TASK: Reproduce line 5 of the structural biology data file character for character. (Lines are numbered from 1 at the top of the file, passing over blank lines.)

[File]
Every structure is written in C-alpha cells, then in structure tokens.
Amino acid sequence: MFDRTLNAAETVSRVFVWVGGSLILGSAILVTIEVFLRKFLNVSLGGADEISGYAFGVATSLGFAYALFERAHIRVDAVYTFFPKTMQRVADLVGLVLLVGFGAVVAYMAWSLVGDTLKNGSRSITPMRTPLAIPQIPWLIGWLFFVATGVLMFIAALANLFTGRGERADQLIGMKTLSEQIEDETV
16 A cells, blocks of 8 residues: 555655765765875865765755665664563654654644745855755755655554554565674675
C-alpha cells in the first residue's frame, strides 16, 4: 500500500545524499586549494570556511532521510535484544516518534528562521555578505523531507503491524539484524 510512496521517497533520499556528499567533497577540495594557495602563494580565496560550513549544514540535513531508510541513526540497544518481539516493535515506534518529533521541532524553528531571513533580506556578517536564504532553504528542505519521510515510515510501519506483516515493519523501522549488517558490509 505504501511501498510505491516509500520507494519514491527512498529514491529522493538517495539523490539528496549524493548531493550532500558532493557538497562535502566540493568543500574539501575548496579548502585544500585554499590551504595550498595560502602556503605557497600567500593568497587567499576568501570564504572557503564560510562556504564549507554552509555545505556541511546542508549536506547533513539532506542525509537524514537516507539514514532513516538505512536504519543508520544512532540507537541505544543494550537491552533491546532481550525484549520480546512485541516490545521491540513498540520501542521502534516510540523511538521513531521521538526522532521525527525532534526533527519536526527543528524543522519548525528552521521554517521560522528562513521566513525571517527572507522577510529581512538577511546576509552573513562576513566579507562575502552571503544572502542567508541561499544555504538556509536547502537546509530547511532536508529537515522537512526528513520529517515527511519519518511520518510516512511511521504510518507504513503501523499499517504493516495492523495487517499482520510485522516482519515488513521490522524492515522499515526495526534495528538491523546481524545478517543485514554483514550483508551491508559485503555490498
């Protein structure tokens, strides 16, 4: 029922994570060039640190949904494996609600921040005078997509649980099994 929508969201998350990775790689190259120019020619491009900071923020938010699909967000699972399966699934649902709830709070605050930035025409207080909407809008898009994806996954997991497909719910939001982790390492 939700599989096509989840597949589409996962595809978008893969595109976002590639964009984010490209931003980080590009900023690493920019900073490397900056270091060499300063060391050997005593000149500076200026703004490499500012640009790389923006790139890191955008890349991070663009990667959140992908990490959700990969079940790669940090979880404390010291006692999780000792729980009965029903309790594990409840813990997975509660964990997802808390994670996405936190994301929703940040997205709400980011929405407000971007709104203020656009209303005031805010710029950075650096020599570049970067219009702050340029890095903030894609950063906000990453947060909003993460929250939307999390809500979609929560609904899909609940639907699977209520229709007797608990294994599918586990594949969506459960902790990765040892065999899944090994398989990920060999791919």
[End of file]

């Protein structure tokens, strides 16, 4: 029922994570060039640190949904494996609600921040005078997509649980099994 929508969201998350990775790689190259120019020619491009900071923020938010699909967000699972399966699934649902709830709070605050930035025409207080909407809008898009994806996954997991497909719910939001982790390492 939700599989096509989840597949589409996962595809978008893969595109976002590639964009984010490209931003980080590009900023690493920019900073490397900056270091060499300063060391050997005593000149500076200026703004490499500012640009790389923006790139890191955008890349991070663009990667959140992908990490959700990969079940790669940090979880404390010291006692999780000792729980009965029903309790594990409840813990997975509660964990997802808390994670996405936190994301929703940040997205709400980011929405407000971007709104203020656009209303005031805010710029950075650096020599570049970067219009702050340029890095903030894609950063906000990453947060909003993460929250939307999390809500979609929560609904899909609940639907699977209520229709007797608990294994599918586990594949969506459960902790990765040892065999899944090994398989990920060999791919």